Sustainable Asia
Published in

Sustainable Asia

Nobel Prize in Physics: Is that the new hope for climate change?

12 October 2021 By Stella Chen and Bonnie Au

Nobel Prize in Physics goes to a Japanese scientist who has dedicated his academic life to studying global warming and climate change. A restaurant has decided to embrace the ongoing heavy floods in Thailand by offering meals in the floods. Indonesia is keen to increase the use of palm oil in jet fuel, but what does that mean for the environment? In the Philippines, environmental groups are protesting against two gas facilities’ construction plans that will happen in a region that spans across dozens of marine protected areas. Find out more in this episode of GreenBites.

Nobel prize goes to scientist who contributes his life to study climate change

credit: photo by Bengt Nyman from Vaxholm, Sweden is licensed under CC BY 2.0

It is such a thrill to know that the Nobel Peace prize this year has been given to journalists Maria Ressa and Dmitry Muratov, for their efforts to safeguard freedom of expression in the Philippines and Russia. This is such an encouraging moment for all journalists who are fighting for truth, democracy and freedom around the world. Apart from the Peace Prize, the Nobel prize in Physics is also great news for environmentalists. This is the first time the Physics prize has been awarded specifically to a climate scientist.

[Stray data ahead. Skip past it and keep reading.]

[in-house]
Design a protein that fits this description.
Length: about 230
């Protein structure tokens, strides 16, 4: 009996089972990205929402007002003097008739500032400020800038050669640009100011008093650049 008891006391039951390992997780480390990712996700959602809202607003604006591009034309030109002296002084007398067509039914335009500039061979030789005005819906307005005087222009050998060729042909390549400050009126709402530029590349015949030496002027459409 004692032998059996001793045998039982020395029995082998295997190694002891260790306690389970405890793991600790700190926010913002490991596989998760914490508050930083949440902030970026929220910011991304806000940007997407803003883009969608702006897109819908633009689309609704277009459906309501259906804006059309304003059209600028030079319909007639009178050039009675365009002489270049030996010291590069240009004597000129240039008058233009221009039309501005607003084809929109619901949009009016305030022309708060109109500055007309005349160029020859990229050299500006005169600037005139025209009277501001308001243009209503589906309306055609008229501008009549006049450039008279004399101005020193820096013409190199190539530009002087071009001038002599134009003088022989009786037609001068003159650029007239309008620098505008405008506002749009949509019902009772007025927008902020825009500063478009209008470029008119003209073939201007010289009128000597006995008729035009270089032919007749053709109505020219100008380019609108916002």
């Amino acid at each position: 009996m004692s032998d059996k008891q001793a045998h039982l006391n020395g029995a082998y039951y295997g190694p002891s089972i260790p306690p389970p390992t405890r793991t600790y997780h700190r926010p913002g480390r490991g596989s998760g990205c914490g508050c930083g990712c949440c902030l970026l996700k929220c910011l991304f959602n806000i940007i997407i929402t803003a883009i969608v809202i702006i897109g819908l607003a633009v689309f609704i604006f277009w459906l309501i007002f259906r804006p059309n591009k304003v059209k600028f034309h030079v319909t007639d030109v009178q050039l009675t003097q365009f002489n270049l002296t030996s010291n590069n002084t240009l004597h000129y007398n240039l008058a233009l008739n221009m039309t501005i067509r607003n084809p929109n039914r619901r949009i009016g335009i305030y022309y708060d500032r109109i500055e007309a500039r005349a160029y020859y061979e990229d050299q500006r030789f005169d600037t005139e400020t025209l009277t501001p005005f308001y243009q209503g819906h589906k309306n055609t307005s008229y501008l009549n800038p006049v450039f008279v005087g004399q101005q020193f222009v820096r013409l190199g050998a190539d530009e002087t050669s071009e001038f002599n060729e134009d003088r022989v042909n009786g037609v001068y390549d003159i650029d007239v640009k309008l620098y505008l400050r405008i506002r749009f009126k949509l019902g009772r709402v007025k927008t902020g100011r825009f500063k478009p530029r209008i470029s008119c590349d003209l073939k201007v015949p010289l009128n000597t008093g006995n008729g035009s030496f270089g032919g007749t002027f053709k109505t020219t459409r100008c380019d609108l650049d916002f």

Syukuro Manabe, a 90-year-old Japanese American professor at Princeton University in New Jersey and two others won the Nobel Prize in Physics for their fundamental and groundbreaking contributions to the international community’s understanding of global warming and climate change by providing policymakers with regular scientific assessments on climate change.

Dr. Manabe has dedicated his whole life to studying global warming. Back in 1967, he developed a computer model that proved the relation between carbon dioxide, a well-known greenhouse gas, and warming in the global atmosphere. His research work later, further explored the relation between conditions in the ocean and the atmosphere. This is a significant finding for exploring trends in environmental events, especially the increased melting of the Greenland ice sheet. Experts can now understand how such ice melting events affect ocean circulation in the North Atlantic.

Flooding and typhoon affect Thailand and Hong Kong

credit: photo by blavandmaster is licensed under CC BY-NC-SA 2.0

A restaurant in Nonthaburi has managed to appeal to its customers with the idea. Eating hotpot and barbecued pork with water soaking up to knee-height has soon become a hit in Thailand after multiple cities, including Bangkok, were flooded due to heavy monsoon rain.

Although it is hard to imagine eating while having to worry about your pants getting soggy any moment, tables and chairs being overturned, and food getting washed away, some customers seem to not mind that, and were all in for such a thrilling dining experience.